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increase in vain the weight of the despatch, as there are so many articles of no interest to the commerce of the United States and of America. I therefore thought proper to make a brief extract concerning the articles in reference to American trade, which I enclose herewith.
To be well understood in regard to the tariff law, I have to remark that the harbor of Ancona enjoys the privileges of a free port: that is, that all kinds of goods and merchandise, when put on land and delivered to the merchants of the city, are subject to no duties whatever, but, when the articles are passing the gates of the city, then the public revenue is collected on them in conformity with the tariff.
e. Tonnage duties on national vessels, and on those which are on the same footing in consequence of treaties, are: on sailing vessels, half a lira; on steamships, one lira and a half per ton every month. Vessels of foreign nationalities, not privileged by reciprocal treaties, pay the double amount. duty ranges from three to five dollars according to the size of vessels. For pilotage, sailing vessels pay from five to nine dollars, according to distance; steamships, one dollar. No light-house duties.
Vessels coming from foreign countries should be provided with bills of health.
Quarantine regulations applicable to the United States are the following: Vessels coming from a country where the yellow fever reigns, when the bill of health is in order, free intercourse is allowed; from a country where the yellow fever effectively exists, the quarantine is to be observed, in less or more aggravated circumstances, from five to fifteen days; coming from a country where the cholera morbus exists, and where during the passage nc case of disease or death occurs, the vessel is only subject to medical investigation; otherwise a quarantine is imposed of five days; coming from a country where epidemic typhus or small-pox exists, where the bill of health is not in order, in case of disease or death during the passage, the vessel is subject to a medical examination; admission to free intercourse if the report is favorable; in case there are symptoms of such maladies, free intercourse is suspended until the sanitary treatment is performed.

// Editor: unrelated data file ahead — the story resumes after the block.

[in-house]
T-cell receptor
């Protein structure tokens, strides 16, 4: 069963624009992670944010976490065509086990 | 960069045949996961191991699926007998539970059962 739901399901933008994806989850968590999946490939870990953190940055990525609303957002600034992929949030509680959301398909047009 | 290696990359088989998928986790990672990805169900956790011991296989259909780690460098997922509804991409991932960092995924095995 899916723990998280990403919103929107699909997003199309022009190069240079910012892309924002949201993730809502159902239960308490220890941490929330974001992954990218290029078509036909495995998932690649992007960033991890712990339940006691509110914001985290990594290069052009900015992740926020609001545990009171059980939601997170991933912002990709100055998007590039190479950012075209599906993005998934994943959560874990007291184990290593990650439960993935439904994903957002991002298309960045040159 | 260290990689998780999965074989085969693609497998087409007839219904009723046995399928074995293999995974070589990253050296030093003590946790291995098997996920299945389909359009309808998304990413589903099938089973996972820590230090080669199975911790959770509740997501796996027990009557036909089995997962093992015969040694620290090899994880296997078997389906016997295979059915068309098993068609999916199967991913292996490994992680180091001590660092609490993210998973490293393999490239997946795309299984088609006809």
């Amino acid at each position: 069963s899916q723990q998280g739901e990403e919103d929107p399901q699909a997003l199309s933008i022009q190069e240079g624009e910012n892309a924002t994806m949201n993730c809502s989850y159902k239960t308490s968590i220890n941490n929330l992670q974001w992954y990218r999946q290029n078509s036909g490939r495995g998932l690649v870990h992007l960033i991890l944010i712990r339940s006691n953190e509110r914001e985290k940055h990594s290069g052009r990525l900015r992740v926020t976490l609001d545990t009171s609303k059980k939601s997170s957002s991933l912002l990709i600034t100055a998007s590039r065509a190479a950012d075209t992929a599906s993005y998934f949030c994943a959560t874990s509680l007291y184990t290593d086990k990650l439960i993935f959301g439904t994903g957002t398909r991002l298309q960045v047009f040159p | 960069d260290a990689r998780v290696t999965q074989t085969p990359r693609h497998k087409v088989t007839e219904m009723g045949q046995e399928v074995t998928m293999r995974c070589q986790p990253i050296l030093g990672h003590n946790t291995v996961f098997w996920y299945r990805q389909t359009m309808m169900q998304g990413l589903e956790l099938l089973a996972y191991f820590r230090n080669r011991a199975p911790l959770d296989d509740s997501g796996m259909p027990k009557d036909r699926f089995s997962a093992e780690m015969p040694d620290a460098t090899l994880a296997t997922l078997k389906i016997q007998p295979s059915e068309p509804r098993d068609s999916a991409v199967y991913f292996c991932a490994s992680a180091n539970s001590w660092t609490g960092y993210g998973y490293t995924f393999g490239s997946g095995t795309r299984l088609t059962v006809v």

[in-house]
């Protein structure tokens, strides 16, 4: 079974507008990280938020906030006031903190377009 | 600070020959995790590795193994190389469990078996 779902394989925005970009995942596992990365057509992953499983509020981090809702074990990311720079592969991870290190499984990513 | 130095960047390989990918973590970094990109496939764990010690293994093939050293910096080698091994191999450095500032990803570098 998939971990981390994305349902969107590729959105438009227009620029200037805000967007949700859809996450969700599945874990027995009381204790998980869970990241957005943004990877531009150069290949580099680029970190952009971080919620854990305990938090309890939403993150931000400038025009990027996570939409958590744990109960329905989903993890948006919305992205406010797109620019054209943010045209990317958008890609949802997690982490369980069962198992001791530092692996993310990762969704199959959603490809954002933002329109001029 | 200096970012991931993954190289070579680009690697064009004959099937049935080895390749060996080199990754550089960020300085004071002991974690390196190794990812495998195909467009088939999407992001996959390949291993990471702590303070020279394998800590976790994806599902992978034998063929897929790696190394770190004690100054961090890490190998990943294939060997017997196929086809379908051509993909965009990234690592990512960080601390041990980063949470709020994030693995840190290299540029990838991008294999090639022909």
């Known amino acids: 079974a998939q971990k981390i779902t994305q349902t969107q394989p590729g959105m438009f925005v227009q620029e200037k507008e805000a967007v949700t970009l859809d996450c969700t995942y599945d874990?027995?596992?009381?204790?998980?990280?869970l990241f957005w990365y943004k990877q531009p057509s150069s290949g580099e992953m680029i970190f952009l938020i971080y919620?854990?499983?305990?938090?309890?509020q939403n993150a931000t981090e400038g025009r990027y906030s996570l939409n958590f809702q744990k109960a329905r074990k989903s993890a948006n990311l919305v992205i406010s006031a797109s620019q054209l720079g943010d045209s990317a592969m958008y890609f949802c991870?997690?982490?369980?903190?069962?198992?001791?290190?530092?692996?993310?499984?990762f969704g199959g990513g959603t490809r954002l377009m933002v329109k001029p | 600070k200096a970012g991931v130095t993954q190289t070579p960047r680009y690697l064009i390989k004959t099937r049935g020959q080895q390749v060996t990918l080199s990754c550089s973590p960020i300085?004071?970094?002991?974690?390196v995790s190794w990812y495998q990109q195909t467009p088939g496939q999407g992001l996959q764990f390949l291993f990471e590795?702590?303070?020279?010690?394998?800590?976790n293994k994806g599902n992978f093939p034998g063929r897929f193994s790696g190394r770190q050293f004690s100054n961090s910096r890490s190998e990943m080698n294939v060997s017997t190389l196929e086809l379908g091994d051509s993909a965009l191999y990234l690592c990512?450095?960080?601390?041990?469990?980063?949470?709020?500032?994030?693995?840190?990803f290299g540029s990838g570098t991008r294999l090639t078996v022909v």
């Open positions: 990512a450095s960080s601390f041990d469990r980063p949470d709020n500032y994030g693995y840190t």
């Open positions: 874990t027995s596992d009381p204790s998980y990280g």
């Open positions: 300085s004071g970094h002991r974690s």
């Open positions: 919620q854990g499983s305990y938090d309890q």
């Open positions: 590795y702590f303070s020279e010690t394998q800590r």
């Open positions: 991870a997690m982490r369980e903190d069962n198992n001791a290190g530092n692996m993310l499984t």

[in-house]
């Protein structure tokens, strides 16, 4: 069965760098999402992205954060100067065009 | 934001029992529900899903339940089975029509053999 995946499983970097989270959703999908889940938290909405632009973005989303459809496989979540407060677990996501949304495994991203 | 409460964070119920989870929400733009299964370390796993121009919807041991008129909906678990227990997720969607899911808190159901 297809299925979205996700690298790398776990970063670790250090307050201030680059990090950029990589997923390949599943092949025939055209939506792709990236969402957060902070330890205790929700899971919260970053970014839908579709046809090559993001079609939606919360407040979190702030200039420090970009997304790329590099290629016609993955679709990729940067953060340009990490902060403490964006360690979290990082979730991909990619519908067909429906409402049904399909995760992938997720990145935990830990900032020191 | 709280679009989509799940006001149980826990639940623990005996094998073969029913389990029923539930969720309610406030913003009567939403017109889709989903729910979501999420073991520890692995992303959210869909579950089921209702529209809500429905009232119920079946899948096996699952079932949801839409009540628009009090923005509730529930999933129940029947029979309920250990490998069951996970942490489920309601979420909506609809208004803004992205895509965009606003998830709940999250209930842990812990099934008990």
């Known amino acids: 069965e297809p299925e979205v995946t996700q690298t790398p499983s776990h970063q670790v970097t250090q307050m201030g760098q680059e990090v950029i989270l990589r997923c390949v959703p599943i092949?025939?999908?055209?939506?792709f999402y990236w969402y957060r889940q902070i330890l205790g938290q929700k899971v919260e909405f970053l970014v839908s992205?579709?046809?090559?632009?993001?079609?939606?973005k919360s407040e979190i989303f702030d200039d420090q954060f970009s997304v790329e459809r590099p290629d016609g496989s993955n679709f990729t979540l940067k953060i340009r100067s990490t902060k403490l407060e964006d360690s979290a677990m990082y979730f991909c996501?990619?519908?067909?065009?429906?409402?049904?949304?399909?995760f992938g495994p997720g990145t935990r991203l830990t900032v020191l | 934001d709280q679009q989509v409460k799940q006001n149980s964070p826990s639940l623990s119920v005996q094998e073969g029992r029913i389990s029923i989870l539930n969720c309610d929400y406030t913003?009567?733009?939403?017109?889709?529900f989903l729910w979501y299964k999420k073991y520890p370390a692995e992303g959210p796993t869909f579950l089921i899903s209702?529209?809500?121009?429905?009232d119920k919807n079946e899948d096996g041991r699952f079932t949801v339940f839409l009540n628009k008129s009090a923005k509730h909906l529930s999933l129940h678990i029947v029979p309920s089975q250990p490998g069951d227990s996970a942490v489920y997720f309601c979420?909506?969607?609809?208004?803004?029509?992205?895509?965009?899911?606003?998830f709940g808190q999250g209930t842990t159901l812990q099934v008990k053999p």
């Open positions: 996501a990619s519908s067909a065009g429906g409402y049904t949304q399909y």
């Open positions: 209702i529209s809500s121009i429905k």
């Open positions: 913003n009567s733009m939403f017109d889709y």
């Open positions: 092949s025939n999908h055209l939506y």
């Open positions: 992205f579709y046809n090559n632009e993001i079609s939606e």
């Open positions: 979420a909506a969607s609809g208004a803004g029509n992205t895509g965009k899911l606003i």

f. Capital of citizens of the United States employed in any kind of pursuits is now in the district of this consulate.
The amount of capital of the citizens of this place and its surroundings is mostly employed in agricultural and commercial business; the commercial principally in the staple articles of export mentioned above. The rate of interest gained by commercial business is averaging 64 per cent. The rate of interest assured by good hypotheca on real estate is an average of 5 per cent.
g. The state of agriculture is a very peculiar one. According to my knowledge and information, obtained from good sources, the class of land-owners and of laboring agricultural people is entirely distinct and separate, one from the other. Land-owners are generally living in the cities or in more or less luxurious castles scattered about in the country, and upon their rents in cash.
A general system of land renting is in course throughout the country. The improvements on buildings and other kind of a lasting nature; the half part of living stock, likewise the half part of agricultural implements, is provided by the land-owner. The other class of people, as mentioned, are, to speak in European language, the so-called peasants, who are living with their families on the rented lands. They are obliged to provide the other half of the living stock and of the agricultural tools. The rent is the half part of the crop of every kind, which commonly is sold by the peasant to be given in cash to the land proprietor. This system of land renting is, indeed, very comfortable to the land-owners; but it is, in my opinion, one of the greatest impediments to the progress and gradual perfection of rural economy.
The wealthy class of land proprietors, who possess so ample means for